walter schulze-mittendorff copyrights

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The following institutions have granted me their kind permission to make use of their archive material:
Friedrich-Wilhelm-Murnau-Stiftung, Wiesbaden, holding the Copyright to the images used here from the Metropolis film;
Deutsche Kinemathek, Berlin, holding the Copyright to the photographies of Horst von Harbour that are used here in connection with Metropolis;  
Archiv Deutsche Kinemathek, Berlin
Cinémathèque française, Paris 
DEFA-Stiftung, Berlin
anthea associates film GmbH, München

Photo work contributions were made by:
Kay van der Voort, Hamburg, Hamburg
Stéphane Dabrowski, Paris

Filmworks for the Motion Picture Gallery were done by:, Hamburg 
The Motion Picture Gallery was produced in 2010 by:, Hamburg / WSM Art-Management, Hamburg

Copyright for the Website
Bertina Schulze-Mittendorff holds the copyright to this website; the Intellectual property included therein is protected under copyright law. No permission is given to third parties for the use of any intellectual and/or literary property (images, documents) contained in this website. No contents of this website may be copied, distributed, changed, or passed on to third parties for commercial use. Any copyright violation will entail claims for compensation.

Copyright for the Metropolis Robot
The copyright for the design patent of the Metropolis Robot, the Machine Man from Fritz Lang's film Metropolis, 1927, created by Walter Schulze-Mittendorff, passed over (by succession) to Walter Schulze-Mittendorff's daughter Bertina, as the sole heir, with the death of Walter Schulze-Mittendorff's wife Berta Schulze-Mittendorf in January of 2011.

Reproductions (pictures/images) of the Metropolis Robot not subject to copyright law, as well as the unlicensed replica of the Metropolis Robot figure for the purpose of use by third parties, constitute a breach of copyright law. Claims for compensation will be asserted for each copy of the figure commercially sold without a licence. The only licence holder with the permission to reproduce the figure of the Metropolis Robot for commercial purposes worldwide is Kropserkel Inc., Toronto, Canada.

The copyright for the design of the Machine Man, the Robot from Fritz Lang's Metropolis, was adjudicated to the family of Walter Schulze-Mittendorff by court decision (Hanseatisches Oberlandesgericht, Hamburg, Aktenzeichen 5U 41 / 01 308 0 391 / 99). The lawsuit was filed against a well-known Hamburg weekly magazine by the heirs of Walter Schulze-Mittendorff. The magazine had shown a picture of the Metropolis Robot in an article about artificial intelligence, without having obtained prior right of use from the heirs. 
The media lawyer Prof. Dr. jur. Dieter Nennen has issued an article on this legal case, and published it on the Internet. Using this law case as an example general basic principles concerning the German copy right law are also expounded there:

Prof. Dr. jur. Dieter Nennen has kindly given his consent to use part of his article: "Metropolis: Maschinenmensch durch Urheberrecht geschützt“ ("Metropolis: Machine Man protected under Copyright Law").

Metropolis: Machine Man protected under Copyright Law
"On February 12th, 2010 an amazed audience viewed an almost completely restored version of the work which is probably the most important in German film history. It was made possible because a long version of Metropolis (1926) had been discovered in the film museum of Buenos Aires in 2008. And even 80 years after its creation, the figure of the Machine Man is protected under copyright law."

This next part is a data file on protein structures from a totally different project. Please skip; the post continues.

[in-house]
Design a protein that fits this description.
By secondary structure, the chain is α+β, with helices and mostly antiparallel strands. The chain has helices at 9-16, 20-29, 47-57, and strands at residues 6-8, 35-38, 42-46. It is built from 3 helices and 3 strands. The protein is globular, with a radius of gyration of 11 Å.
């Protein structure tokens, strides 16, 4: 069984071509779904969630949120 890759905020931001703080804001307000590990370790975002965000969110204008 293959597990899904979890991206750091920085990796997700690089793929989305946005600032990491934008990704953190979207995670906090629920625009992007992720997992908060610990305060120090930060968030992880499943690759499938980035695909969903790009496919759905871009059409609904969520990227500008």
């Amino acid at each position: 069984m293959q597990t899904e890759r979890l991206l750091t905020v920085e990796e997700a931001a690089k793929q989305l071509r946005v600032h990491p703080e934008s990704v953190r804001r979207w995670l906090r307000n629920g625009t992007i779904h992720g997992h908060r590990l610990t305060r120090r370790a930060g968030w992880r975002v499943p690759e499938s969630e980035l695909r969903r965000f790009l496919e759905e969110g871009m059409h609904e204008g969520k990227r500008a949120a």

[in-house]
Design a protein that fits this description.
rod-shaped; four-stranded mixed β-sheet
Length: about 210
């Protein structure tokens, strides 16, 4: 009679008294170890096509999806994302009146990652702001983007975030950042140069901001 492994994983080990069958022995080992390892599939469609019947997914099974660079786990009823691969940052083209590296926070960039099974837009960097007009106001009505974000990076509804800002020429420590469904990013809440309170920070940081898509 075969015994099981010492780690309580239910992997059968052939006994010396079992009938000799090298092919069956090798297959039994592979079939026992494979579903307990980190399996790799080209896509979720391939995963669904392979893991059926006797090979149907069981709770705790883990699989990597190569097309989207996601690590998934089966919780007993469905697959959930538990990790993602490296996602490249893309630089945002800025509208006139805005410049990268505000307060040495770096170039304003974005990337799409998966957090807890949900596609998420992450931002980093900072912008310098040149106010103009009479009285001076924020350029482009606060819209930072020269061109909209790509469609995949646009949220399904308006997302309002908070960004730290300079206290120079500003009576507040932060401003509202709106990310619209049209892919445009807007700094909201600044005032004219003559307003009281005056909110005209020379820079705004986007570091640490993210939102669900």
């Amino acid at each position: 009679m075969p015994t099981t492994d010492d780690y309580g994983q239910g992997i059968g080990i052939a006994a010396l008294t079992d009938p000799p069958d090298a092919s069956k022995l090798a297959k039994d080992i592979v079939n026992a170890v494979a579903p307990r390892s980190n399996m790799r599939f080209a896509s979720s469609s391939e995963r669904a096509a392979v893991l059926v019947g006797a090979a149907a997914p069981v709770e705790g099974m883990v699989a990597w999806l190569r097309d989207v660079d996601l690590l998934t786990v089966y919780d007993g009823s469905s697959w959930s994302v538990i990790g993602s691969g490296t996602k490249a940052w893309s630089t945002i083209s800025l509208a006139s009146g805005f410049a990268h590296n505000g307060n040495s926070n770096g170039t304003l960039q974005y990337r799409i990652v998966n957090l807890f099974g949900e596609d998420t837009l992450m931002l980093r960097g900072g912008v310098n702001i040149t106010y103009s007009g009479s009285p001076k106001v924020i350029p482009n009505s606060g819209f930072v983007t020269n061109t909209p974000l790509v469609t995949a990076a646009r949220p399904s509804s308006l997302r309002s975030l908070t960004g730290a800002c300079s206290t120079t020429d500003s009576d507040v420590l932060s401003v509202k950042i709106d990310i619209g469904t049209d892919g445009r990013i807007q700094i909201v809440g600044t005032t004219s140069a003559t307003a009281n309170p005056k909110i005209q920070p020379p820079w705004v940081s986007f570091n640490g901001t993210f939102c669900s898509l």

The science fiction silent film Fritz Lang was shooting from 1925 to 1926 is about two societies that live strictly separated and apart from each other. At the time, the sculptor W. S.-M. had created the sculpture for the figure of the Machine Man, an android with the name of Maria. With the death of the artist in 1976, the author's rights passed to his wife by inheritance. She then did claim her rights to the figure of the Machine Man – and rightly so, according to the decision by the OLG (Higher Regional Court) Hamburg, from the year 2002.
Machine Man as Fine Arts
Works of fine art are already protected under a copyright law when the aesthetic content has reached such a degree that in 'art-circles' the work can be referred to as art. Regarding details, and to differentiate between applied arts, compare the article Urheberrecht an Wohndesign: Kunst oder Kamin? The figure of the Machine Man bears partly humanly graceful, partly robot-like features and appears as a  homogenous creature sui generis. The artist did not stop at producing merely technical molds of the actress Brigitte Helm but rather formed parts of the figure freely and imaginatively. The sculptural work of the Machine Man as a work of fine arts is therefore protected under copyright law, as also stated by the judges. The provisions of the copyright law principally also apply to works that were created before the law came into effect, viz. before January 1st, 1966.
Inheritability and Duration of Copyright 
The copyright is in principle not transferable. This principle is however overridden by the inheritability of the copyright. Through the case of succession, the copyright passes to the heir; he attains to the same legal position as was held before by the author. With the death of Mr. W. S.-M. in 1976, his wife as his sole heir acquired the copyright. The right ceases seventy years after the author's death.  This also applies in principle to works that were created before the copyright law came into effect. The seventy-year period begins with the termination of the calendar year of the death. Therewith the copyright in this case ceases on January 1st, 2047."

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